Could Your Car Become A Great Data Miner, and Discovery New Frontiers of Data?

Things are changing. We are currently being data mined for every search we make to Google, and where a whole bank of companies are waiting to deliver customized content to us based on our searches. For example, I searched for “Which is the best toothbrush?”, and I received this when I went to Sky News:

This model of cross-fertilisation of information across domains breaks the isolated model of the information, and allows Google to mine information from their free service, and then sell it on to advertisers. We, hope, we trust Google to look after our data, but many companies want to be in Google’s position, and search history is only a small part of revealing our lives, the most information you can gain is what we do when we are away from a browser.

At the current time, it is Apple and Google who are in the privileged position of knowing where you are and where you have been, but they will struggle to jump out of the data gathered on their phones, as users require high trust levels from their devices. So enter the car manufacturers …

By 2025, 60% of all the cars on the road will have Internet connectivity, and where services in the Cloud will be monitoring things like location, the local environment, and even your driving speed. The opportunities for data mining are almost endless, especially as your drive to work has, possibly, been the only time that you have not been spied upon (apart from Apple and Google, who will track your route to work). But the time you spend in the car, and all the interactions that you have made with other car drivers are largely un-mined territory.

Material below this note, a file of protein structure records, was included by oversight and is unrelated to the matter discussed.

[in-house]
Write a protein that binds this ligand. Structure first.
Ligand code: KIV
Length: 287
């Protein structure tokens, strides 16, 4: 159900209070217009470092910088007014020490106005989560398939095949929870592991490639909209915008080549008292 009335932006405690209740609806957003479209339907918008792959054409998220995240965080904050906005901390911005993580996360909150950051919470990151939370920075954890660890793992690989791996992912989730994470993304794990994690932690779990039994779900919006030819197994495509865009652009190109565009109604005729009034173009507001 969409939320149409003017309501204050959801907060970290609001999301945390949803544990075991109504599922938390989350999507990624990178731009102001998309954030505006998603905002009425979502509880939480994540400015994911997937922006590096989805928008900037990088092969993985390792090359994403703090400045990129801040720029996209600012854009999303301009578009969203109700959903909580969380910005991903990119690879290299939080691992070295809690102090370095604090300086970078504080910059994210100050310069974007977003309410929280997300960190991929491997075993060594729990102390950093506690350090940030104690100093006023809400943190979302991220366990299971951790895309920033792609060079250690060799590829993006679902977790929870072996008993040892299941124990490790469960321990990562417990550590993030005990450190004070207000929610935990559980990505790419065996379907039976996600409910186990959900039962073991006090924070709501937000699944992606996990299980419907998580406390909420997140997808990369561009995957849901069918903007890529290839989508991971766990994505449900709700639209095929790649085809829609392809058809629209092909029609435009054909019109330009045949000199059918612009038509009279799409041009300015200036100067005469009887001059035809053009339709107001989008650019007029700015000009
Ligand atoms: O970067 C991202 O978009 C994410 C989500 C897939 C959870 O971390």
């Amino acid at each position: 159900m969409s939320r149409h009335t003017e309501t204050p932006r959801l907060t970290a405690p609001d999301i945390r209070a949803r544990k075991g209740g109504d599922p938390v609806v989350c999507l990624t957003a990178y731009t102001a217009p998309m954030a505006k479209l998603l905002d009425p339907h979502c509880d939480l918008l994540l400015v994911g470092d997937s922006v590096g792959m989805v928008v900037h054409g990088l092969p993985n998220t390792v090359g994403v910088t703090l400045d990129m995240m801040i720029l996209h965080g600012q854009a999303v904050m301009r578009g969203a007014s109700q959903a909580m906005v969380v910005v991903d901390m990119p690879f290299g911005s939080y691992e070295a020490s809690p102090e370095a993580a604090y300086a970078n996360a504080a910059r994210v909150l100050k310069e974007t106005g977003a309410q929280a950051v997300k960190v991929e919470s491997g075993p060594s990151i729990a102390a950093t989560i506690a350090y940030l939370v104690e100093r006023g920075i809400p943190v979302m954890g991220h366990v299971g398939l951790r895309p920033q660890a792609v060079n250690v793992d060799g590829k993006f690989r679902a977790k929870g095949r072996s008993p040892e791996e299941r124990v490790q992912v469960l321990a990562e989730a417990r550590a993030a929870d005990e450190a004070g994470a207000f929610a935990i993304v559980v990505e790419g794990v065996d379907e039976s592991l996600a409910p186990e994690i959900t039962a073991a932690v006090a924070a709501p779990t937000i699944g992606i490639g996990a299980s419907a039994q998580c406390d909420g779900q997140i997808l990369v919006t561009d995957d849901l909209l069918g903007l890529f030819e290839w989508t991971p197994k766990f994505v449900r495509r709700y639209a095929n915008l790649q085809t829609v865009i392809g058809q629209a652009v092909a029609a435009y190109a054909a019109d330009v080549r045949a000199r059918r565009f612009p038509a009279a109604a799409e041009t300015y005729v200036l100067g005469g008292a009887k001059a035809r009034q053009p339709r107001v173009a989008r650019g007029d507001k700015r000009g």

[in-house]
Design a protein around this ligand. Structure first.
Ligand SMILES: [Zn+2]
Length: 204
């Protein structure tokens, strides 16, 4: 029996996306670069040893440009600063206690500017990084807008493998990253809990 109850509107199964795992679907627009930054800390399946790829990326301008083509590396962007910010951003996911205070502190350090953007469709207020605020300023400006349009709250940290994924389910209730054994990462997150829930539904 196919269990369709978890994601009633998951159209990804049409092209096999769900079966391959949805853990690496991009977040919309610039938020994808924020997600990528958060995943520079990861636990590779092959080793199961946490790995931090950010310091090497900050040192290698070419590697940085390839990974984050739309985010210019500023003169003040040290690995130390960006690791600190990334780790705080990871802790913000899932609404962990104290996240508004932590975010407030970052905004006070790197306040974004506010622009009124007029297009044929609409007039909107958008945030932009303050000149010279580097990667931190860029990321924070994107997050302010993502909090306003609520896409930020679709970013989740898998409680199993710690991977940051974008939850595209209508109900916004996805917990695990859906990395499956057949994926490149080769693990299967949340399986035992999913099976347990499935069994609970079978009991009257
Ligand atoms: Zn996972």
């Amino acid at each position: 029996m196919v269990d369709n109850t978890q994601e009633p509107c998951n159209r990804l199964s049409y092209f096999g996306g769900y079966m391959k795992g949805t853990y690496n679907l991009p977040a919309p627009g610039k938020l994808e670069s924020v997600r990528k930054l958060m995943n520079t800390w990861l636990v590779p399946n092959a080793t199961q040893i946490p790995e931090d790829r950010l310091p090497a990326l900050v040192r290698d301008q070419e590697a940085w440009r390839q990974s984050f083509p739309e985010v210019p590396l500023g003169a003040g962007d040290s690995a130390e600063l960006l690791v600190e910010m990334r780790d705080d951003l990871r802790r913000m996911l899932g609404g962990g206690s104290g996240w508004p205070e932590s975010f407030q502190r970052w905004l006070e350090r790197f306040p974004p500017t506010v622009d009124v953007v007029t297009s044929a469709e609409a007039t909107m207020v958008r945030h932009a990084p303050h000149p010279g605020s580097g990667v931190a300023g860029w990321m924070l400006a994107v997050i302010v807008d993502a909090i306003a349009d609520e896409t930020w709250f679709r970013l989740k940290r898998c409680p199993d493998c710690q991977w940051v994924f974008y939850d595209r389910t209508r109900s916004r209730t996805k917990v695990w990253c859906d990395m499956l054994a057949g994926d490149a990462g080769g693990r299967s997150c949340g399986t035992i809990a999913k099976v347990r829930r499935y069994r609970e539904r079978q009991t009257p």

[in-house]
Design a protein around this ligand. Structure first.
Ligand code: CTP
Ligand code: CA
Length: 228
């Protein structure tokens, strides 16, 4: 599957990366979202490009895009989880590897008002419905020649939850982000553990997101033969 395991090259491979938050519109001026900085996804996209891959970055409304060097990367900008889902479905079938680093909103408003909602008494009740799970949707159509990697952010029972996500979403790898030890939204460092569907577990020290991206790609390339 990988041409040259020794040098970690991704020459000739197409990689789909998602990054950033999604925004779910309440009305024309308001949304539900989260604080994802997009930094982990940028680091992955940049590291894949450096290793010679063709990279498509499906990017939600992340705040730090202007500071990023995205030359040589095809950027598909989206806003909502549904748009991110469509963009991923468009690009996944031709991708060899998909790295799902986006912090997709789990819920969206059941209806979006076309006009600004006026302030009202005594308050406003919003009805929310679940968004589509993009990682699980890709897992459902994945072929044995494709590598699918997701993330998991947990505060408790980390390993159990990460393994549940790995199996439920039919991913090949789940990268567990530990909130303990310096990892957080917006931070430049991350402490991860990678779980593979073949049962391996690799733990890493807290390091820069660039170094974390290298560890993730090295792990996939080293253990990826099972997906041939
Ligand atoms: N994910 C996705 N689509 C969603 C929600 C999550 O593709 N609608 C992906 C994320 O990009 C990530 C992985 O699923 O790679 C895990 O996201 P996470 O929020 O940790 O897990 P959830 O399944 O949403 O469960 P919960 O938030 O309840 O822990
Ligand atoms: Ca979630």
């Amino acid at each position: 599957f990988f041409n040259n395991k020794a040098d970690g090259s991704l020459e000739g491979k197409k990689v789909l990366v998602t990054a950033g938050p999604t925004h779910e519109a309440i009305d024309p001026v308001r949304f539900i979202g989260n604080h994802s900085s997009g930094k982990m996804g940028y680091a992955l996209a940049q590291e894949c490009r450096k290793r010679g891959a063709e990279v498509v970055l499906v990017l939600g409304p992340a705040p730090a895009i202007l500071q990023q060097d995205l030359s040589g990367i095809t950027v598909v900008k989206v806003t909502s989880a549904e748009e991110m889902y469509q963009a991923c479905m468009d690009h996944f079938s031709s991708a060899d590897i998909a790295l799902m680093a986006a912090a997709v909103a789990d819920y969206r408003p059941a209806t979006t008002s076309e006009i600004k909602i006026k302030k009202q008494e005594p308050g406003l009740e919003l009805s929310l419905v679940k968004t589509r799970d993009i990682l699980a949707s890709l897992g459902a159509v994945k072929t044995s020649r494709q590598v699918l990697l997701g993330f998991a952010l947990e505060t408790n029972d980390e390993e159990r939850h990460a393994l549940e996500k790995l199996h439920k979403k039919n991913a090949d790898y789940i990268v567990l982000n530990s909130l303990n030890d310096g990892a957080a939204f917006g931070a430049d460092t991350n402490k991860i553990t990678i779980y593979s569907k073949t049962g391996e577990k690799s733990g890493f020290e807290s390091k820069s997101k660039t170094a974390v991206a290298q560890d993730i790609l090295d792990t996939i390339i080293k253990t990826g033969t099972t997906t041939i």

So for car companies, and Cloud and Internet Service Provides, the car provides a new opening in data capture and services, with intelligent cars providing the opportunity to reduce accidents and where cars can intercommunicate with each other:

But the great opportunity for data miners is to know your journeys, what you listen to on the radio (it may well be Spotify, of course), whom you travel with, the interactions that your car makes with others on the road, where you live and where you work. In an instance, companies and governments will be able to map their cities and locate most of their citizens and where they live and the car they drive.

If we also include autonomous vehicle, we will see a massive surge in the mining of data, and where each device becomes a localised station for collecting data on the ground. “What’s the weather like at 10 Sauchiehall Street?”, and the autonomous vehicle could feed real-time information. With this, though, the amount of bandwidth that will be required for our transport network will be massive:

The mapping is likely to happen on two levels. The first is to track the car and its interactions with other cars and devices along the way, and then also to map the interactions between individuals. With Bluetooth beacons, companies can determine whom you interact with. As with Bluetooth can span 10s of metres the beacons can determine each person (and car) that you have passed on the route. Many companies know the advantage of this mapping, as they can determine who your network of contracts are. LinkedIn recently asked users if they wanted to pass and collect information from other devices you are in contact with: